“I feel like drinking wine out of a can is conducive to my violent hand gestures when I speak.”
Alcohol packaging has gone a long way since the days where our ancestors desperately suckled mead from a hole bored into a dried sheep’s bladder, which has been out of fashion since at least the 1930s. Now, beer, wine, and liquor comes in a variety of packages such as bottles, boxes, bathtubs, your stomach, and Bender Rodriguez. Of these many innovations, by far the most practical and actually-legal-at-certain-beaches of these containers would be the aluminum can. Cheap, lightweight, it’s the perfect alcohol vessel for someone on the go and for overweight frat boys who like to crunch things on their head to prove they have the ability to crunch things on their head.
In a darker past, drinking alcohol from a can meant you were being forced to chug low-grade domestic sludge Budweiser or Coors, but as canning technology has improved, so too has the quality of aluminum encased alcohol. And since our alcohol purchases can suddenly become tax deductible if we write about them, we’re here to present you with…
A Definitive Guide To Canned Alcohol
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Posted in Alcohol, Giver of Life, Booze Facts
Tagged Alcohol, aluminum cans, America, Beer, Canned beer, cans, cocktails, Craft Beers, el jimador, Ermal Fraze, gin and tonic, hard cider, It's Always Sunny in Philadelphia, Linens and Things, Liquor, margarita, Pop, Soda, Soda Pop, Union Wine Company, vodka, Whiskey, Wine
“*A constant horrifying stream of vomit*”
~American Soda drinkers
America loves soft drinks so much that every region tries to call it something else. Depending on your upbringing, you’ve spent your whole life drinking soda, pop, coke, soda pop, or fizzy drinks. Some of you even grew up enjoying “plain flavored carbonated beverages” but that’s just because you were home schooled, and your parents were too embarrassed to tell you they had tricked you into liking seltzer water. While carbonated water, the backbone of the soda industry, was first developed in 1767 by Joseph Priestley in, alas, England, America has long since used pop to fatten up our kids while keeping them obnoxiously hyperactive, with soda being available commercially stateside as early as 1806.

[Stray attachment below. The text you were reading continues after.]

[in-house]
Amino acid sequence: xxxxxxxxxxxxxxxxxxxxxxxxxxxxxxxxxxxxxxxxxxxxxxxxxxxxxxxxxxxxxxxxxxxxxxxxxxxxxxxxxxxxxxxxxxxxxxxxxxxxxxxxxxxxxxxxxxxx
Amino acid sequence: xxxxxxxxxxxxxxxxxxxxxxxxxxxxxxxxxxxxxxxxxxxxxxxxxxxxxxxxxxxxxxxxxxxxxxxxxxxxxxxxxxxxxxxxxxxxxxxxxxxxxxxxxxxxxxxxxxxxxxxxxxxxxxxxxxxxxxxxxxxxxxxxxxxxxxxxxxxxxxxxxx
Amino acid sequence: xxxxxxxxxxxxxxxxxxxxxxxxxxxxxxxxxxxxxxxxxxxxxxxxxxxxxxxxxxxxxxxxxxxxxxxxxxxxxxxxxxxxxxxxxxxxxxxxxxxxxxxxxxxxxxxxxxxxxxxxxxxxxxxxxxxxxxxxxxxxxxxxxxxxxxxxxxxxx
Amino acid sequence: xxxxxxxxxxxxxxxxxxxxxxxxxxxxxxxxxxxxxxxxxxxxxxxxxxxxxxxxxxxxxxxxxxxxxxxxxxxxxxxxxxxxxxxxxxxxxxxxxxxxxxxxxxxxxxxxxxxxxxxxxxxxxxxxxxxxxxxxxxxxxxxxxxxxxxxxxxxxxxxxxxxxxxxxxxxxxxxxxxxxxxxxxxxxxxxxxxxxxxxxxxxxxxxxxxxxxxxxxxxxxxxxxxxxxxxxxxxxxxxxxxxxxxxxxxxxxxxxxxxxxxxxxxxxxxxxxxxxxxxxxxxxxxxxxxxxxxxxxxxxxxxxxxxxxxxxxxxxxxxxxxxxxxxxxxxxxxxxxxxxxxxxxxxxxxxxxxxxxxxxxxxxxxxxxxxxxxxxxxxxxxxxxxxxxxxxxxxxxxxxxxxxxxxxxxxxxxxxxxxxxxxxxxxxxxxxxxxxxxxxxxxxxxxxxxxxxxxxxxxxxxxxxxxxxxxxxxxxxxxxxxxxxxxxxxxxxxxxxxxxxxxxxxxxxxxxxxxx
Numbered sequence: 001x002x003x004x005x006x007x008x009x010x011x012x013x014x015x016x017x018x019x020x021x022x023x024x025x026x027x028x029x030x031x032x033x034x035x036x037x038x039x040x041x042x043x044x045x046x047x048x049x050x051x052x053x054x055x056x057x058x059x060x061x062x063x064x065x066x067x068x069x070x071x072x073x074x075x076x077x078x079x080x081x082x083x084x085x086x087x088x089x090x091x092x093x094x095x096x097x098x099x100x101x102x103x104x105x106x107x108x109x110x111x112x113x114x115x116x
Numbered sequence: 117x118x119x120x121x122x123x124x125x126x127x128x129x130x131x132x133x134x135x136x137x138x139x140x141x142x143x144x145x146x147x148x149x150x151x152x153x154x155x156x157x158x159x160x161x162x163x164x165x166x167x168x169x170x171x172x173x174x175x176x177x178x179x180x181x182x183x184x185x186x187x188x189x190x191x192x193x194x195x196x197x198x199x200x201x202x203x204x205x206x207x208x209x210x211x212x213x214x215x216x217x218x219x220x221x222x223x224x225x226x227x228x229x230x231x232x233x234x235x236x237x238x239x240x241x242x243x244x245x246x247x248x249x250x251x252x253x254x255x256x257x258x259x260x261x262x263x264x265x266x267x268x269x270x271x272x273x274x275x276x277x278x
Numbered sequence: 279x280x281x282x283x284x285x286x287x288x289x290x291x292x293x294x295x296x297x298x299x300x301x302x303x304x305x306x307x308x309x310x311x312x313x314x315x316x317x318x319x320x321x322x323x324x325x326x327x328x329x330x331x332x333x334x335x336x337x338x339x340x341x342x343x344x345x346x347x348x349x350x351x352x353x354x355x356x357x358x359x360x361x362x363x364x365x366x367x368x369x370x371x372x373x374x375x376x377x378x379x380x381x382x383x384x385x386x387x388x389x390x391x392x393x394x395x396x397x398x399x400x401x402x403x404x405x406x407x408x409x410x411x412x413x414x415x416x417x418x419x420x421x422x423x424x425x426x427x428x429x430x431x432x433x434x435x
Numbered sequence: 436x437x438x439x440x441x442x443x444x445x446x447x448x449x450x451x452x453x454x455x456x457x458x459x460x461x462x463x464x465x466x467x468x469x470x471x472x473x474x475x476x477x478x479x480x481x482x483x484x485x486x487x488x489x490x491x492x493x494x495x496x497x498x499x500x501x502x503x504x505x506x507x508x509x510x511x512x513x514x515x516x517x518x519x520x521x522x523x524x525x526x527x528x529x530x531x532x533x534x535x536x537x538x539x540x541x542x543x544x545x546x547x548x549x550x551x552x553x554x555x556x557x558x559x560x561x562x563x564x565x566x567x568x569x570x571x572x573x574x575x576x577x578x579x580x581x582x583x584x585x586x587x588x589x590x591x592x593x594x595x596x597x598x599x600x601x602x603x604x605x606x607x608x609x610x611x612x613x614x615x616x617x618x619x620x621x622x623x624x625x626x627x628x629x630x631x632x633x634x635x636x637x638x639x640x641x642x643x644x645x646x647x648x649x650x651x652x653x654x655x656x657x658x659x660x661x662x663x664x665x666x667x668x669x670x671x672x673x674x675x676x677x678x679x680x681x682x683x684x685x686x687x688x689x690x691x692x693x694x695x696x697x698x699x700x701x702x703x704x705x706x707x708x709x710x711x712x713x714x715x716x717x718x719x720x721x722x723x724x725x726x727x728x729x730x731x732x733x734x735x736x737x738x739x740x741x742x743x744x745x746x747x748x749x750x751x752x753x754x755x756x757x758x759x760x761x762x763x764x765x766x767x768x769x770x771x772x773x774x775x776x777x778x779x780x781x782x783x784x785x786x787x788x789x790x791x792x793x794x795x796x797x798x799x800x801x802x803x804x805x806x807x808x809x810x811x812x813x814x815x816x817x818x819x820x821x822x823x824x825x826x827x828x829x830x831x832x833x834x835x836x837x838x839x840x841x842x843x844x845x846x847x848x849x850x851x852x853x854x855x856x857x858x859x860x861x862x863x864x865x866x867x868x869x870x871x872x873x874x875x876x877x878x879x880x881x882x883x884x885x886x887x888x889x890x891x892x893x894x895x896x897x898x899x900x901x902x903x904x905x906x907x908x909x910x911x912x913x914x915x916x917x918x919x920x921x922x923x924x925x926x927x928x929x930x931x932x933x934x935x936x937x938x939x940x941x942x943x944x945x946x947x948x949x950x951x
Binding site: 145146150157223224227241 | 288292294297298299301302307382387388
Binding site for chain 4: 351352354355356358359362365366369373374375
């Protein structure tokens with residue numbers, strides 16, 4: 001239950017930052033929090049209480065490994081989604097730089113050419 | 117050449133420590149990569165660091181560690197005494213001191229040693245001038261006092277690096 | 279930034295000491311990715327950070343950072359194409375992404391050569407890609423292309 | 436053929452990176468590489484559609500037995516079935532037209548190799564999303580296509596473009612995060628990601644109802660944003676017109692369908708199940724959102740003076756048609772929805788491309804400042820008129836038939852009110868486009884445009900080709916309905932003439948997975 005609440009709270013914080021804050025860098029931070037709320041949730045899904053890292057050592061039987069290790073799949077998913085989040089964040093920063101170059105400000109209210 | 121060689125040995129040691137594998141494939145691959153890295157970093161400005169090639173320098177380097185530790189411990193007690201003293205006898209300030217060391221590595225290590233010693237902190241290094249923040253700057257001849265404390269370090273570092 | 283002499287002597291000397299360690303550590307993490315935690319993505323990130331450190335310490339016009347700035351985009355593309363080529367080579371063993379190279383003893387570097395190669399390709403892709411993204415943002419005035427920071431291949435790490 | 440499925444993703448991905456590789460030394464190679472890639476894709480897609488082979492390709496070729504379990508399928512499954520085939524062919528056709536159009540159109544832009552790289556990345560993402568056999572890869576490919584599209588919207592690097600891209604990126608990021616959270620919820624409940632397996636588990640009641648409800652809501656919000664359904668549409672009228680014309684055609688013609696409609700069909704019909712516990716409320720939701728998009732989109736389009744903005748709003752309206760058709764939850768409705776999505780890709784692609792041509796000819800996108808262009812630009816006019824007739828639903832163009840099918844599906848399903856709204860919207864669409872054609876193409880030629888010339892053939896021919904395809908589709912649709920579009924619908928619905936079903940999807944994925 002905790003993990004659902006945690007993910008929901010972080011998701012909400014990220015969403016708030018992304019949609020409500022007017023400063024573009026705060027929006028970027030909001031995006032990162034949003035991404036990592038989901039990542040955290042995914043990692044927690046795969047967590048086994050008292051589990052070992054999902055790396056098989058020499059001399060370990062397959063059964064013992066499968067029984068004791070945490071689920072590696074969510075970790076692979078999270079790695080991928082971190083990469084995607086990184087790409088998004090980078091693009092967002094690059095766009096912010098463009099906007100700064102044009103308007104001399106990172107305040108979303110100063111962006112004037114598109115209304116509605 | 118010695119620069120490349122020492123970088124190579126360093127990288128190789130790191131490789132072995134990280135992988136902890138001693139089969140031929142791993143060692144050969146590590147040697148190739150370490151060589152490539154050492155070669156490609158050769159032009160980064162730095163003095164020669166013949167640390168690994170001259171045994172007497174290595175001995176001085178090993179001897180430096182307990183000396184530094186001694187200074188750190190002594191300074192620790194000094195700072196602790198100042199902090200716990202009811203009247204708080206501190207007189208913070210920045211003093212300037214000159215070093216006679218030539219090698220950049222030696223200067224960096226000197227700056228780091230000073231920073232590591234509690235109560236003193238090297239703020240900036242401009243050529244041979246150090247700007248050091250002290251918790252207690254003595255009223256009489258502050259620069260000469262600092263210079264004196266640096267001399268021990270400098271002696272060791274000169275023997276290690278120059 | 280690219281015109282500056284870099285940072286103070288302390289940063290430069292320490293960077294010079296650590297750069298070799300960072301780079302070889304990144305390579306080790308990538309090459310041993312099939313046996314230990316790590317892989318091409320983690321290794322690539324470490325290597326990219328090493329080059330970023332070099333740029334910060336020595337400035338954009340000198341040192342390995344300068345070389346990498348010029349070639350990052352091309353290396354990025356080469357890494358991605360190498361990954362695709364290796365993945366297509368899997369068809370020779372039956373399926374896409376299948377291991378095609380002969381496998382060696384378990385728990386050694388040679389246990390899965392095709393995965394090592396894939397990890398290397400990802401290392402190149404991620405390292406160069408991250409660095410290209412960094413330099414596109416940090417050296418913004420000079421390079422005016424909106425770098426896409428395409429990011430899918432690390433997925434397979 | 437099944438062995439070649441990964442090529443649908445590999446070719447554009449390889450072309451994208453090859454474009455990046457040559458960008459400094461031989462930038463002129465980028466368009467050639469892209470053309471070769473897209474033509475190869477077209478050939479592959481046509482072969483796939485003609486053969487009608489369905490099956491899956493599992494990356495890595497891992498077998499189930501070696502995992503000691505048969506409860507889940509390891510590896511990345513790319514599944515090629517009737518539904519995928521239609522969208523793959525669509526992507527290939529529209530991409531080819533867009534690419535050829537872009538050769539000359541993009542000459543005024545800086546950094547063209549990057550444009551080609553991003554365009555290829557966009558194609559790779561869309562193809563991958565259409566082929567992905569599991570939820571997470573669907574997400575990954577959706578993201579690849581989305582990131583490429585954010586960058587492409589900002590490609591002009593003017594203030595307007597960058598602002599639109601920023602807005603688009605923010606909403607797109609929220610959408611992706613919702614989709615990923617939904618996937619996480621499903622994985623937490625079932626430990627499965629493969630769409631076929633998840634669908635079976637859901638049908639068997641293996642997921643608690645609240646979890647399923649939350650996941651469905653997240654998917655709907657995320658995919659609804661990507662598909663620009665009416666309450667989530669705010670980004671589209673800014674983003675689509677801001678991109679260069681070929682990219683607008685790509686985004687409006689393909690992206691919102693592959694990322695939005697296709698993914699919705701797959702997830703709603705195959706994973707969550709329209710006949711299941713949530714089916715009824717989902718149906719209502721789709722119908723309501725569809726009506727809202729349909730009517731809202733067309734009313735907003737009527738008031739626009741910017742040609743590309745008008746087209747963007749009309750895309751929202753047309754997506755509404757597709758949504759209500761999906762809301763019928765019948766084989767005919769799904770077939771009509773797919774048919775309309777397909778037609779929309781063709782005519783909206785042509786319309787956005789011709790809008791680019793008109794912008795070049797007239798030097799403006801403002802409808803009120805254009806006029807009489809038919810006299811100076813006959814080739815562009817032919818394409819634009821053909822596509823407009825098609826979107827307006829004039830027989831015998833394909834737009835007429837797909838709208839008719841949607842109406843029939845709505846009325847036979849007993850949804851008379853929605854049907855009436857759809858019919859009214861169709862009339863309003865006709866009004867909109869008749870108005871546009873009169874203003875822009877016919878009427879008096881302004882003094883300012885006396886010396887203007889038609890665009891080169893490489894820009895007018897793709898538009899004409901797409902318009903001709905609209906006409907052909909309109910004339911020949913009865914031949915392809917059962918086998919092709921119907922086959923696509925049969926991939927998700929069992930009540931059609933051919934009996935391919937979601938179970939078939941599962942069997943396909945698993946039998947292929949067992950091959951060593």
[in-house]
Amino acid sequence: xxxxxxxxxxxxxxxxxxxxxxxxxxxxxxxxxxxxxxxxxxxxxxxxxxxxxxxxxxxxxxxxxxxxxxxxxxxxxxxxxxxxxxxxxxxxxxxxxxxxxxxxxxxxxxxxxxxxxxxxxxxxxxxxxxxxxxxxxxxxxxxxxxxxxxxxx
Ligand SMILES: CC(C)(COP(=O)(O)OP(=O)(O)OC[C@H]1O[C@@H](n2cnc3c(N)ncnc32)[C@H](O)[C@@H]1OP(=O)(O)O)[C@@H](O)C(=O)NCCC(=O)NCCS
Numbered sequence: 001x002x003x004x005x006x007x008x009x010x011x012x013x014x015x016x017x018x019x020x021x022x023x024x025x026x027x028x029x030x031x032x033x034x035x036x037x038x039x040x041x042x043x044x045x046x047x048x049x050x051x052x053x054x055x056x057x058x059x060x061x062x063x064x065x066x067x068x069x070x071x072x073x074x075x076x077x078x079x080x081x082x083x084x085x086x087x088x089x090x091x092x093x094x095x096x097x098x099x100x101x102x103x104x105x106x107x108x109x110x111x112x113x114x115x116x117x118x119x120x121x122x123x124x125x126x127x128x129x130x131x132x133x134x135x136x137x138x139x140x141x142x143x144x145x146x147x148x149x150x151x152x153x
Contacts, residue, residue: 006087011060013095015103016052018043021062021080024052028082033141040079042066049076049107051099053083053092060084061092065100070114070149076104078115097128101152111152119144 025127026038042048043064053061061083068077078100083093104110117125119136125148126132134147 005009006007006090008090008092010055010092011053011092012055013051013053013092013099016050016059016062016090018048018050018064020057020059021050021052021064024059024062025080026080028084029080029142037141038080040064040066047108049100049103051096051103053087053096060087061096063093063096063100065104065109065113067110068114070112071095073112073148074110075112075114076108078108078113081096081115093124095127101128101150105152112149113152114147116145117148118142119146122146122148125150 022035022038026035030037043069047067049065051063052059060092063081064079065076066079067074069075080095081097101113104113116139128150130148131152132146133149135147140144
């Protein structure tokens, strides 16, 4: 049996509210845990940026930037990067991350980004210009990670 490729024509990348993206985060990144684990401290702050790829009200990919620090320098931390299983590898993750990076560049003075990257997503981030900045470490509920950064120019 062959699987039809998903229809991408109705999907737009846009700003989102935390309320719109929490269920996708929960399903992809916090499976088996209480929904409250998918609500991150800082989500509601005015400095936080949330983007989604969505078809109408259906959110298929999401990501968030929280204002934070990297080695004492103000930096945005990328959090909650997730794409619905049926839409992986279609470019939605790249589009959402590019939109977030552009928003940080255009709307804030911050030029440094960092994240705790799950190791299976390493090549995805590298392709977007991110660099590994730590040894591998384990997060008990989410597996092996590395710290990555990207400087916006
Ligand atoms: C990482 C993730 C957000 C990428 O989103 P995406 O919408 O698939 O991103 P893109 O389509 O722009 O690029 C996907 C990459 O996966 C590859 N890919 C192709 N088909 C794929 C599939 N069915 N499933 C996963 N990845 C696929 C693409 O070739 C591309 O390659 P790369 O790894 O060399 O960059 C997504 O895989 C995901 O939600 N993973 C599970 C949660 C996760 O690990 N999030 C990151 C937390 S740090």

Pop is a part of our everyday life. The average American drinks almost 45 gallons of soft drinks every year. That sounds even more impressive when you realize that we only average 20 gallons of beer annually, so clearly someone must be doing something right in the R&D departments of old Coca-Cola and PepsiCo. We love our colas, our lemon-lime pops, hell, we even drink Mountain Dew. And while there are dozens, if not hundreds, of delicious sodas available at the nearest convenience to act as mixers for all sorts of deserving hard alcohols, there are some companies that, either on purpose or by terrible, terrible accident, make pop that is so repellant that even the Japanese have to take a step back and go, “Goddamn it America, you’re doing it wrong!”
Now’s the time to reflect and think about what you’ve done. Because some of you out there have drank these sodas. Willingly. Ye Gods.
America’s Grossest Soda Pops
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Posted in Strange America
Tagged America, Avery's, Cel-ray Soda, Coca-Cola, Hubba Bubba, Jones Soda, Lester Fixins, moxie, Pepsi, Pop, Soda, Soda Pop, strange flavors, Totally Gross Soda, Vio